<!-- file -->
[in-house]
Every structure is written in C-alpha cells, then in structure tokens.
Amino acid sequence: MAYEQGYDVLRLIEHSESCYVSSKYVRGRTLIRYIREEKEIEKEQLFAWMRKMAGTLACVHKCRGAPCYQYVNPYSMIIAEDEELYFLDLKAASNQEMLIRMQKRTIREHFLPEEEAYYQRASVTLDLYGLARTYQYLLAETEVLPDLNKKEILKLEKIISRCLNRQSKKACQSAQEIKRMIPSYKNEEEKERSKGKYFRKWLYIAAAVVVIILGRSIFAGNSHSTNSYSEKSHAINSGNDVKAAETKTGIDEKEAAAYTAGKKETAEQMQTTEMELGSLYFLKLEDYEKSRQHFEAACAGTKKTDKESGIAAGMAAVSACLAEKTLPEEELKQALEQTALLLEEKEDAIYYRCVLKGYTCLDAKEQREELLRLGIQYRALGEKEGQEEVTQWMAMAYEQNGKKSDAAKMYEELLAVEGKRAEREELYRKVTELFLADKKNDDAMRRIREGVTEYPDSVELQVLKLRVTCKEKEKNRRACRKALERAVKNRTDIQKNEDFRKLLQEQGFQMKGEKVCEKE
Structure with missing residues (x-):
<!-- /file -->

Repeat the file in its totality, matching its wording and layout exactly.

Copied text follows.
[in-house]
Every structure is written in C-alpha cells, then in structure tokens.
Amino acid sequence: MAYEQGYDVLRLIEHSESCYVSSKYVRGRTLIRYIREEKEIEKEQLFAWMRKMAGTLACVHKCRGAPCYQYVNPYSMIIAEDEELYFLDLKAASNQEMLIRMQKRTIREHFLPEEEAYYQRASVTLDLYGLARTYQYLLAETEVLPDLNKKEILKLEKIISRCLNRQSKKACQSAQEIKRMIPSYKNEEEKERSKGKYFRKWLYIAAAVVVIILGRSIFAGNSHSTNSYSEKSHAINSGNDVKAAETKTGIDEKEAAAYTAGKKETAEQMQTTEMELGSLYFLKLEDYEKSRQHFEAACAGTKKTDKESGIAAGMAAVSACLAEKTLPEEELKQALEQTALLLEEKEDAIYYRCVLKGYTCLDAKEQREELLRLGIQYRALGEKEGQEEVTQWMAMAYEQNGKKSDAAKMYEELLAVEGKRAEREELYRKVTELFLADKKNDDAMRRIREGVTEYPDSVELQVLKLRVTCKEKEKNRRACRKALERAVKNRTDIQKNEDFRKLLQEQGFQMKGEKVCEKE
Structure with missing residues (x-):